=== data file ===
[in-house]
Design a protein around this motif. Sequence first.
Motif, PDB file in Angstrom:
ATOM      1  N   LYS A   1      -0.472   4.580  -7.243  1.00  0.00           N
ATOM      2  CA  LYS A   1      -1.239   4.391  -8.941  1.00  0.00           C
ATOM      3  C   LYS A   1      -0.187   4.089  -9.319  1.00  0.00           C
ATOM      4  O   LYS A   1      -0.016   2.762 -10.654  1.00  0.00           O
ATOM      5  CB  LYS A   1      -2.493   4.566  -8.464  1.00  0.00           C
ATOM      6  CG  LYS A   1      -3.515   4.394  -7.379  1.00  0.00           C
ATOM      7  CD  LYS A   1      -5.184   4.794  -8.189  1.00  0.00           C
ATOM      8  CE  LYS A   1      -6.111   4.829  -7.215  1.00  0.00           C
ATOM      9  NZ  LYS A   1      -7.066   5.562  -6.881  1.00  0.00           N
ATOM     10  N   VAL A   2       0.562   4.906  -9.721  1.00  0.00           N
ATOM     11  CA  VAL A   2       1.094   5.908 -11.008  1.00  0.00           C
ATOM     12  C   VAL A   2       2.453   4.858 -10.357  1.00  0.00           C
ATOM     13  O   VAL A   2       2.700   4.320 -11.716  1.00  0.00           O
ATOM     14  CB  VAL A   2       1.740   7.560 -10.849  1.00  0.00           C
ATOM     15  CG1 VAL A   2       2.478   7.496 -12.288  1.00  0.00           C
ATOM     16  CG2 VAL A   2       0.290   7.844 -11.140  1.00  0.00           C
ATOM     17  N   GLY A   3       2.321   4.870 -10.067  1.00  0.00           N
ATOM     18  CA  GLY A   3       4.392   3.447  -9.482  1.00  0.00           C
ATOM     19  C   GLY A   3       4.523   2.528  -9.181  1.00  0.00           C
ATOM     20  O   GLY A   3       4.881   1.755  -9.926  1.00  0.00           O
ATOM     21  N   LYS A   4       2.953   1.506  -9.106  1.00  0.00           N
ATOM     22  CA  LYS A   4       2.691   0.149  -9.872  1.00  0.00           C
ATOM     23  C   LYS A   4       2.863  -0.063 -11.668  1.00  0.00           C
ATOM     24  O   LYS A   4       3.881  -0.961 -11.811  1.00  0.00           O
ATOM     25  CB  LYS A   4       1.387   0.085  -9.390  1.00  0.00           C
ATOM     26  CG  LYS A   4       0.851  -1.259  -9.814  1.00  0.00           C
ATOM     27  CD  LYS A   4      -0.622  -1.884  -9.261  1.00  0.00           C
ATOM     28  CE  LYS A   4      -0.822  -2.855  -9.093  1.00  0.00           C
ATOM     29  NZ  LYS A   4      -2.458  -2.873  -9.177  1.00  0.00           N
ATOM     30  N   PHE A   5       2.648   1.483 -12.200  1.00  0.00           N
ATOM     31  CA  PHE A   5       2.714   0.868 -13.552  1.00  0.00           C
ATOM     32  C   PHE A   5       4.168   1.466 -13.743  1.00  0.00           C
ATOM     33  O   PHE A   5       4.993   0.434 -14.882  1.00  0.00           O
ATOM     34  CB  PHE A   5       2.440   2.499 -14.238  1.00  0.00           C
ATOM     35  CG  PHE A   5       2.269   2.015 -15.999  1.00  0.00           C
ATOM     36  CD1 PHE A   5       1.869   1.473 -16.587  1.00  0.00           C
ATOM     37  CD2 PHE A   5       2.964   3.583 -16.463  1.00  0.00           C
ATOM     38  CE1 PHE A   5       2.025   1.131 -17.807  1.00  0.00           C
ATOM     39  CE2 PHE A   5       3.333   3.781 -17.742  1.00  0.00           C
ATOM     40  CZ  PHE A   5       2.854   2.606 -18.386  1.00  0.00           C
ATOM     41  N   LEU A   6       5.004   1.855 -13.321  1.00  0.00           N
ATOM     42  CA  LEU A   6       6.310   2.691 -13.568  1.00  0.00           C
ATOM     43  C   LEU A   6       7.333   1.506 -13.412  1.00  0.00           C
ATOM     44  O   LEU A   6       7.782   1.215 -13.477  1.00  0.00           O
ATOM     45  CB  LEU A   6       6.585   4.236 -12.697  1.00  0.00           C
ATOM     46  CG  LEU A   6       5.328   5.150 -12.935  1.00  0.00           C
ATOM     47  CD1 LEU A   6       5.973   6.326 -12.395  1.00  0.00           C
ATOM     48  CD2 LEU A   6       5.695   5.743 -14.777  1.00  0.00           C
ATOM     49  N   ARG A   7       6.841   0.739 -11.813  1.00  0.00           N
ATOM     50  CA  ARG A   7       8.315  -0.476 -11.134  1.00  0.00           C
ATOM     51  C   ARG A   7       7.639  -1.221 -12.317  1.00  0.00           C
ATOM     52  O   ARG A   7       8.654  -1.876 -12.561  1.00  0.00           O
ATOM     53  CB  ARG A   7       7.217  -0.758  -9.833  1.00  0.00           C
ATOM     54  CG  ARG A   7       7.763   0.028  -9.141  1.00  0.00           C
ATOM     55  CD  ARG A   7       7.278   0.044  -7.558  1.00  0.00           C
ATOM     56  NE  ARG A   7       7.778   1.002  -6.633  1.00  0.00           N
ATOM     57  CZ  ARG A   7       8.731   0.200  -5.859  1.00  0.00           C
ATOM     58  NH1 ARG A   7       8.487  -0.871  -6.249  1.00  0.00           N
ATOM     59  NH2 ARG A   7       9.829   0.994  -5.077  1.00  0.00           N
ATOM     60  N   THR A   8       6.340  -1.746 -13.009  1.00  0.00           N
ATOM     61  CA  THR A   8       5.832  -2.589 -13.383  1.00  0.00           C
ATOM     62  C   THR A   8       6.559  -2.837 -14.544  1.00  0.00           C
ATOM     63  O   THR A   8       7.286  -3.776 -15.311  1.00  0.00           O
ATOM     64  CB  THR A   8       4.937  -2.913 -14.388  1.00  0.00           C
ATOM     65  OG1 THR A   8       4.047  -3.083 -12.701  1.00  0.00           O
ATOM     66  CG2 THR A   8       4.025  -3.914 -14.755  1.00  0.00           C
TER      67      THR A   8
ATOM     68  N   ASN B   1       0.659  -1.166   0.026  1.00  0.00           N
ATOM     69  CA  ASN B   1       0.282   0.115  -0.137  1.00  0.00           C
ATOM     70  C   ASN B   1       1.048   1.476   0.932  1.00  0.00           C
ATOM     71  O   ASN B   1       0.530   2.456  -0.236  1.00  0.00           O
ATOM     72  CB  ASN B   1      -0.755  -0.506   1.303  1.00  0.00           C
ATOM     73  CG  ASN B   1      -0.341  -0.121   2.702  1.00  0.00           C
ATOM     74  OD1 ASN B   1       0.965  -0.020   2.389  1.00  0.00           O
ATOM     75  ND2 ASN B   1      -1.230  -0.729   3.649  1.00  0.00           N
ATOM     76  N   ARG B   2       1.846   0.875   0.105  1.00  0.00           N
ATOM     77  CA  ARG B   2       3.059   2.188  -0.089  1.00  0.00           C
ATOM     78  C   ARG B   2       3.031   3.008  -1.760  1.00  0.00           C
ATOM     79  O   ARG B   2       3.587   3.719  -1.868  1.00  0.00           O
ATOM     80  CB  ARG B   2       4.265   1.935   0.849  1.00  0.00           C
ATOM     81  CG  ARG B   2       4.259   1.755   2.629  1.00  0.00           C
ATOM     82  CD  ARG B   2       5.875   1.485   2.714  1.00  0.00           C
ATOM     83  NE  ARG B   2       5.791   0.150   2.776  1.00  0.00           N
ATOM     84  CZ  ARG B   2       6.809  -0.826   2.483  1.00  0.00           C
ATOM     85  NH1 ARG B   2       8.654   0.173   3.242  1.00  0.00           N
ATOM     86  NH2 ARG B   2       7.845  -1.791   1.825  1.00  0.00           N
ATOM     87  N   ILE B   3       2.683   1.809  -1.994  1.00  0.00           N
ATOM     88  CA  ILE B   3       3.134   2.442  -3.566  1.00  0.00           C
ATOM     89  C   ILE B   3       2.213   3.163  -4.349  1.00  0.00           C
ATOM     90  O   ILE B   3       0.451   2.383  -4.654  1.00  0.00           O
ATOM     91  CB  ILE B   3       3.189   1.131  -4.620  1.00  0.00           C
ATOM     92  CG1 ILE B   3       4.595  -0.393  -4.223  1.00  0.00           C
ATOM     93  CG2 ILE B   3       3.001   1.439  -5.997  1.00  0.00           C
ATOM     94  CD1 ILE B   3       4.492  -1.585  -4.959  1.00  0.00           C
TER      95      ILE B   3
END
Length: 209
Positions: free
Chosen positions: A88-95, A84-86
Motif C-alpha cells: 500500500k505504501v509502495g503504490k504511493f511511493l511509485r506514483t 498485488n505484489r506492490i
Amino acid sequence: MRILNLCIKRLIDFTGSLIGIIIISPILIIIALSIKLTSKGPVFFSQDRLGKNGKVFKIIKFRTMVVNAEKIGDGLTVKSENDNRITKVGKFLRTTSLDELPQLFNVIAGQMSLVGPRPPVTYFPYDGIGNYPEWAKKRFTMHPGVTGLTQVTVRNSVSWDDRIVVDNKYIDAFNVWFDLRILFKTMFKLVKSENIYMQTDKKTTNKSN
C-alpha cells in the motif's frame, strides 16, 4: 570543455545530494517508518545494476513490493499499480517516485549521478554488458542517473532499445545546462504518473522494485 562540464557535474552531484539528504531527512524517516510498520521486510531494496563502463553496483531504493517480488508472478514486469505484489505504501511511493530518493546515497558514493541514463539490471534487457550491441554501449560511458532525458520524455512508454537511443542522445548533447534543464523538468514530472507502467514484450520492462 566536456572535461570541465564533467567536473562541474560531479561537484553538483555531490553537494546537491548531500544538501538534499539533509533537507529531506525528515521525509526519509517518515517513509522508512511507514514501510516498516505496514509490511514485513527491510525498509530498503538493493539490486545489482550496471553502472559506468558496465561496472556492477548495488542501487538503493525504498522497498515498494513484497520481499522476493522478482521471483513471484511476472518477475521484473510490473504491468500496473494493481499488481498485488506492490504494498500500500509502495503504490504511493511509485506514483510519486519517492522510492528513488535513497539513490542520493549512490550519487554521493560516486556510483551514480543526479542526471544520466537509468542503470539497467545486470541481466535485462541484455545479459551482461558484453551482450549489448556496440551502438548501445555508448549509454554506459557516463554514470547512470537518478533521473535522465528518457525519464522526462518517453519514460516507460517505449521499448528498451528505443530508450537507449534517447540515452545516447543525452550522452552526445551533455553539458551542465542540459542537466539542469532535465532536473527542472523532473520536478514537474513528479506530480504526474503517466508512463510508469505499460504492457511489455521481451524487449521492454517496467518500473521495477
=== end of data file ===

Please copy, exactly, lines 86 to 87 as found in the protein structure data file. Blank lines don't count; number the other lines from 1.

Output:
ATOM     83  NE  ARG B   2       5.791   0.150   2.776  1.00  0.00           N
ATOM     84  CZ  ARG B   2       6.809  -0.826   2.483  1.00  0.00           C